Floor Area Ratio – FAR is the relationship between the total square footage of a building and the total square footage of the parcel on which the building is located. It is typically calculated by dividing the total square footage of the building by the land area in square feet. For example, if a 20,000-square-foot building is built on a 10,000-square-foot lot, the FAR is 2.0.
Floor space ratio – Also known as FSR, and like FAR above, FSR is the maximum floor space of a building relative to its land area.
Floor Plate – The gross square footage of each floor in a multistory building. Individual floor plate sizes may vary according to the design of a building.
Freestanding – A stand-alone retail structure that is not part of a complex (i.e., bank, bowling alley, Walmart, etc.).
Fulfillment Center – An industrial property type that enables goods to be efficiently moved or transported from a warehouse directly to a consumer.
Full-Service Lease – A legally binding contract in which a landlord receives stipulated rent from a tenant and is obligated to pay all or most of the property’s operating expenses and real estate taxes.
Functional Obsolescence – A descriptive term used to characterize a building that cannot be improved to meet current market standards or tastes without a complete replacement of buildings systems and finishes.
Free and clear – When there are no liens or loans against real property.
Go Dark – A clause in a retail tenant’s lease that allows a tenant to cease operations at a property if a defined event, such as the departure of an anchor tenant, should occur.
Government Office Building – A building that is owned (and typically occupied) by public sector entities.
Graduated lease – A lease that details for changes in the rental rate, usually based on periodic appraisal or time.
Green Globes® – Founded in Canada in 1996, Green Globes is a green building guidance and assessment program that offers a way to advance the overall environmental performance and sustainability of commercial buildings. After achieving a minimum of 350 of the total number of 1,000 points, new and existing commercial buildings can be certified for their environmental achievements and sustainability by pursuing a Green Globes certificate that assigns a rating of one to four globes.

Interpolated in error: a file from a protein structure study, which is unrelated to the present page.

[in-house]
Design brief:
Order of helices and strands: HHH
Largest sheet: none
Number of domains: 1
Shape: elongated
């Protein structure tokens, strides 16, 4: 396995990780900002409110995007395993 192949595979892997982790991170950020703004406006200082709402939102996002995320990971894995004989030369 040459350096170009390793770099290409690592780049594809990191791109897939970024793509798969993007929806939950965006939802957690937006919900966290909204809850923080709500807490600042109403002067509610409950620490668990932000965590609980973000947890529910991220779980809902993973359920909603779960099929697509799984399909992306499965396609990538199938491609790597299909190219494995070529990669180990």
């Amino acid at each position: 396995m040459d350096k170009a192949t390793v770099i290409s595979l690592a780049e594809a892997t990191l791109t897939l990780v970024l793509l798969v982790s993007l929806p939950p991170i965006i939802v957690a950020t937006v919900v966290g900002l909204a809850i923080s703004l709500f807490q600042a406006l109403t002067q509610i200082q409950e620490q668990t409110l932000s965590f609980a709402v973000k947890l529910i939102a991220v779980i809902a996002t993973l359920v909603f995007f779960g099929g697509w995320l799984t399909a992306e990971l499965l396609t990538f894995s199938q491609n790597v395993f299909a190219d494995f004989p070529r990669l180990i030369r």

Gross Absorption – The total amount of space occupied over a given period, without subtracting the amount of space vacated. (Synonym: leasing activity)
Gross Building Area (GBA) – The total interior floor area of a building, usually measured from the innermost edge of the outside walls.
Gross Leasable Area (GLA) – A site calculated as the summation of all rentable areas plus all common areas of a building.
Gross Lease – A lease where the tenant pays all or part of the expenses of the leased property, such as taxes, insurance, maintenance, utilities, etc.
Gross Rent Multiplier – Sales price or value divided by annual effective gross income. For example, if sale price is $325,000 and the effective gross annual income is $50,000 the G.R.M. is 6.5 ($325,000 /$50,000).
Gross Up Area – It is the space leased but not occupied by the tenant, usually for areas as washrooms, lobby area and utility centres.
Ground Lease – A lease agreement (contract) whereby the landowner (lessor) agrees to lease a parcel of land for a set period to a third party (lessee). Depending on the agreement, the lessor can stipulate what the lessee can or cannot do with the property or build on the property. The lease term is typically 20 years or more, but many extend to 99 years. Upon expiration of the lease agreement, the lessor typically gains control and ownership of whatever is constructed on the land, unless the lease is renewed, or an exception is created in the lease.
High Cube – A relative term that refers to industrial buildings with an abundance of clear height or vertical cubic space.
In-line Store – A retail store placed adjacent to neighboring retailers so that the fronts of the stores are in a straight line and behind what is considered the lease line. Tenants operating in the common area are not considered in-line vendors.
Incubator – An economic development tool created to support new businesses. Typically, lab or office space or both provided for free or at a deep discount in buildings owned or leased by municipalities. Business assistance and financing opportunities may be provided as start-ups gain momentum.
Industrial Building – A structure used primarily for manufacturing, research and development, production, maintenance, and storage or distribution of goods or both. It can include some office space. Industrial buildings are divided into three primary classifications: manufacturing, warehouse or distribution, and flex.
Infill – Infill is the development of one or more buildings on underutilized land situated between existing buildings. Infill development is typically done in dense environments where land is scarce. The slightly broader term “land-recycling” is sometimes used.
Innovation Center or District – Geographic areas with concentrations of innovative firms and entrepreneurial activity that focus on strengthening and growing new businesses and commercializing their products or services or both.